North Korea: History of Lies and Unprovoked Aggression


“Fool me once, shame on you. Fool me twice, shame on me. Fool me three times, shame on both of us.” – Stephen King, On Writing: A Memoir of the Craft

  • In 1994, President Bill Clinton’s administration and North Korea signed a deal known as the Agreed Framework. Under the terms, Pyongyang committed to freezing its illicit plutonium weapons program in exchange for US construction of light-water nuclear reactors, heavy fuel, normalized relations and formal assurances against the threat or use of nuclear weapons
    • In May 1995, North Korean forces fire on a South Korean fishing boat, killing three
    • In april 1996, several hundred armed North Korean troops enter the DMZ and the JSA on three occasions, in violation of Korean armistice agreement
  • In 1998, South Korean President Kim Dae-jung announced a Sunshine Policy towards North Korea, which led to the first Inter-Korean summit in 2000, between Kim Dae-jung and Kim Jong-il; Kim Dae-jung was awarded the Nobel Peace Prize
    • Summit was followed in August by a family reunion; in September, the North and South Korean teams marched together at the Sydney Olympics
    • Trade increased to the point where South Korea became North Korea’s largest trading partner
    • In June 1999, six North Korean patrol boats and five fishing boats crossed the NLL; subsequently, North Korean Navy deployed 3 torpedo boats, prompting a deployment of two corvettes by the South Koreans; on June 15, 1999, North Korean patrol boat PT-381 fired machine guns and 25mm cannon at the two South Korean fast craft
    • In 2002, North Korea once again began operating its nuclear facilities
    • In June 2002, a North Korean patrol boats crossed the NLL; North Korean vessels attached South Korean patrol boats that had been monitoring them; 13 North Koreans were killed and 6 South Koreans were killed from the action
  • In 2005, multilateral discussions among China, Japan, North Korea, Russia, South Korea, and US (Six-Party Talks) seemed to take a step forward when North Korea pledged to abandon its existing nuclear programs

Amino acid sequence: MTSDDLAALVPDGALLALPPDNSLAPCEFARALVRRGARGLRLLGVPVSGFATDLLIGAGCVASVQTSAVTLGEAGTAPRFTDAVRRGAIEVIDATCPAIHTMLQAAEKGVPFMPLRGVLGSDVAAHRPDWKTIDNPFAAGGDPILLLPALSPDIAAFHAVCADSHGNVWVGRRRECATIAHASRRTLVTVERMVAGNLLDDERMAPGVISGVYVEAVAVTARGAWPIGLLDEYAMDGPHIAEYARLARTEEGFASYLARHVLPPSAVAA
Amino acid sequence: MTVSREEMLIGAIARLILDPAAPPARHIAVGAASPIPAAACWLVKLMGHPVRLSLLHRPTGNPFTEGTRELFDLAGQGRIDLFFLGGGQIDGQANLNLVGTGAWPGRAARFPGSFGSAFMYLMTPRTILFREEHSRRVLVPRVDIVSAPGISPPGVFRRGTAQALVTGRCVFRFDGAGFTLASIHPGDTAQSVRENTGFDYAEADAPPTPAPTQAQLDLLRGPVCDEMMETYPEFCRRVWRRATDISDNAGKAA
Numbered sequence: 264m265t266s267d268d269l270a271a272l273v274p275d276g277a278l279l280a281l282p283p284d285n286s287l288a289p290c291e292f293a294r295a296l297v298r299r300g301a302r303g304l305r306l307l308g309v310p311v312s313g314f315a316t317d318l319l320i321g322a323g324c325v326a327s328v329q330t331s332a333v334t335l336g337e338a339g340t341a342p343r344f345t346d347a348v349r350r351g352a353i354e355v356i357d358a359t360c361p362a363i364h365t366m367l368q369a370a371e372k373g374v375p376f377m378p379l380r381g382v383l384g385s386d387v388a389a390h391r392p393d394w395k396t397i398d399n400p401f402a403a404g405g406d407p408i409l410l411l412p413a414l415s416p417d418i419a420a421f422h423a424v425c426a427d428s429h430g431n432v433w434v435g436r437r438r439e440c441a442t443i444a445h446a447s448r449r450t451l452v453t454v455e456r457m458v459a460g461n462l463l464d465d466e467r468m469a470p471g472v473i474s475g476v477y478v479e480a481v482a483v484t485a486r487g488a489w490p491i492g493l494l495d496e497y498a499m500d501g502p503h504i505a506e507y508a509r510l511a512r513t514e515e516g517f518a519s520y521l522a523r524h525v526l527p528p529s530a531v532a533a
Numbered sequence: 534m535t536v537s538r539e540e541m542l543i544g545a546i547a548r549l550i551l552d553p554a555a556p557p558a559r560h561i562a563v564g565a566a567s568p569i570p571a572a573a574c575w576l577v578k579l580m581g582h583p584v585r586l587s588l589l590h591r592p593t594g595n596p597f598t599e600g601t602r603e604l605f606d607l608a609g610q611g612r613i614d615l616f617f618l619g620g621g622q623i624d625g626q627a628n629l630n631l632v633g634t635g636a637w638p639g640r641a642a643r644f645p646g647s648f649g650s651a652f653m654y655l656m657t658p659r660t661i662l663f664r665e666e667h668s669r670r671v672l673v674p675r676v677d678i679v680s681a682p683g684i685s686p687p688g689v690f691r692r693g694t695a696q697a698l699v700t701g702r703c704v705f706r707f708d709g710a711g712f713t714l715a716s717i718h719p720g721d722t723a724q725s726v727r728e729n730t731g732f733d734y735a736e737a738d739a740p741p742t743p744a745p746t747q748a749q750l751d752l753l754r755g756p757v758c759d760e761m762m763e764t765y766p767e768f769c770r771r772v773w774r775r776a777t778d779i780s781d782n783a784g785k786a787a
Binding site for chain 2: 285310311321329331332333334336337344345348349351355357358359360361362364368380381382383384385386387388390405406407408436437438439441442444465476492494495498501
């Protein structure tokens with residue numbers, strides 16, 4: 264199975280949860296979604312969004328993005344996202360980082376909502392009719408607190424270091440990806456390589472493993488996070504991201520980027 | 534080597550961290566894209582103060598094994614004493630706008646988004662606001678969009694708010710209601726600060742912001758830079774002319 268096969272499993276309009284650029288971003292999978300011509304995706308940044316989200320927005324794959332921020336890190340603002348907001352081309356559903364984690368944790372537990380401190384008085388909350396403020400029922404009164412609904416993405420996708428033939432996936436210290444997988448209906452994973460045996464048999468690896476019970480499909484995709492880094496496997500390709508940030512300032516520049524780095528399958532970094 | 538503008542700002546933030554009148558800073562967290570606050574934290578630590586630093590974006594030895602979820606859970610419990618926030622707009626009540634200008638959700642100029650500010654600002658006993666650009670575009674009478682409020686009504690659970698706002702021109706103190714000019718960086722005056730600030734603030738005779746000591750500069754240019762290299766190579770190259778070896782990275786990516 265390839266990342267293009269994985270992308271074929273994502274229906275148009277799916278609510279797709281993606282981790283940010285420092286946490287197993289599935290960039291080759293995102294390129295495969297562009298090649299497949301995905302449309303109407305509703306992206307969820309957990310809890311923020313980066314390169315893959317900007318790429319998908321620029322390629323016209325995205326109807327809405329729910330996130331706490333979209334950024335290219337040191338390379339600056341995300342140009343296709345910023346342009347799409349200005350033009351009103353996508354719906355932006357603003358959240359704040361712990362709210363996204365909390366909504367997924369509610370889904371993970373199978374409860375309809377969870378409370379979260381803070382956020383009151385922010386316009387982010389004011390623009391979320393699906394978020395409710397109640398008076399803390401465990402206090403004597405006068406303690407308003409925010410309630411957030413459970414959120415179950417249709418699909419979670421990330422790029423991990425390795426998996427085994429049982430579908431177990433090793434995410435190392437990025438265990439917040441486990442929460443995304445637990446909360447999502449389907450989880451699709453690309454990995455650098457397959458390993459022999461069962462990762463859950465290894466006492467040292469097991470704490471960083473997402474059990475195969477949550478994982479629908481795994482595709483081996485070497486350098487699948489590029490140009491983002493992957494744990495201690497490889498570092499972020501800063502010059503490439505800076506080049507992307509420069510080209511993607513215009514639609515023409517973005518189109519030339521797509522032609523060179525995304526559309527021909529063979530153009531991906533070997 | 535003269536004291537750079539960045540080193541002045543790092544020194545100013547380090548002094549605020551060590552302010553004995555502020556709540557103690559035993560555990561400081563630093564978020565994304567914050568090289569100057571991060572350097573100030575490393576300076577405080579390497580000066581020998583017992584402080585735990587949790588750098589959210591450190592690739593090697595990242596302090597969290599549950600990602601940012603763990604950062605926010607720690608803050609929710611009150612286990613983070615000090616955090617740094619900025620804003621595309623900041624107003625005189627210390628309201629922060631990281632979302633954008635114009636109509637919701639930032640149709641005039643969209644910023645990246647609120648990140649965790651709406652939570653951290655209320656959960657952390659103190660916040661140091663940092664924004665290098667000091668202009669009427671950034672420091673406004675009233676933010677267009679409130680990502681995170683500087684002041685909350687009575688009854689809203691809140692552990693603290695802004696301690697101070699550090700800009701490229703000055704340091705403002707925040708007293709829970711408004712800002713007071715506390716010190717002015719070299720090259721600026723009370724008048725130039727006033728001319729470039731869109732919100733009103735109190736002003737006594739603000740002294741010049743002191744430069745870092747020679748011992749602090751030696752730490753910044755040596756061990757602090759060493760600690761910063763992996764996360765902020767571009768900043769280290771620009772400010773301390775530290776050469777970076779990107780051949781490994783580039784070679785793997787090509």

• Deal appeared to be a diplomatic win for the US administration of George Bush; then in 2006, Pyongyang launched its first nuclear test
  • South Korean President Roh Moo-hyun walked across the Korean DMZ in October 2007 and traveled on to Pyongyang for talks with Kim Jong-il; on October 4, 2007, President Roh Moo-hyun and North Korean leader Kim Jong-il signed the peace declaration (document called for international talks to replace the Armistice with a permanent peace treaty)
  • The Six-Party Talks continued and in 2007, the pariah nation began disabling its Yongbyon nuclear plant
    • By the end of 2008, the regime restarted its nuclear program and barred nuclear inspectors, resulting in the country walking out of negotiations in 2009
  • President Moon Jae-in was elected in May 2017 with a promise to return to the Sunshine Policy
    • In 2017 alone, North Korea has conducted more than 15 missile tests (3 of which were satellite and missile launches that have flown over the Japanese archipelago)
  • In 2018, North and South Korea marched together in the Olympics opening ceremony (Pyeongchang Olympic Winter Games in South Korea); on April 27, 2018, inter-Korean summit took place between President Moon Jae-in and Kim Jong-un of North Korea (first time since Korean War that a North Korean leader had entered South Korean territory); as part of the Declaration, both sides called for the end of longstanding military activities in the region of the Korean border and a reunification of both Koreas

Recent History of Unprovoked Aggression Towards South Korea

  • November 10, 2009: North Korean navy patrol boat crosses into South Korean territorial waters, ignores radio warnings and warning shots from South Korean naval units, and opens fire on a South Korean patrol boat
  • March 26, 2010: A North Korean “midget submarine” fired a torpedo and sunk the South Korean Naval corvette Cheonan, killing 46 sailors and wounding 56 more
  • November 23, 2010: North Korean forces fired around 170 artillery shells and rockets at Yeonpyeong Island in South Korea, hitting both military and civilian targets. The attack left four South Koreans dead and 19 injured
  • October 19, 2014: North and South Korean soldiers exchanged gunfire when the North’s soldiers approached the military border and did not retreat after the South fired warning shots
  • August 10, 2015: North Korean soldiers sneaked across the heavily guarded border with South Korea and planted land mines near one of the South’s military guard posts, and two southern soldiers were maimed after stepping on them

Korean War ended on July 27, 1953, with an armistice which inaugurated an official ceasefire and established the Korean DMZ. North Korea has announced that it will no longer abide by the armistice at least six times, in the years 1994, 1996, 2003, 2006, 2009, and 2013.

CIA estimates the population of North Korea to be 25 million, of which between 80,000 and 120,000 people are detained in one of the country’s prison camps for political prisoners. UN estimates roughly 18 million people are not getting enough food while 25% of GDP is spent on its army, navy, and air force (worldwide average military spending is 2% of GDP). Kim Jong-un’s net worth is estimated to be $5-10 billion.

Image Source: AP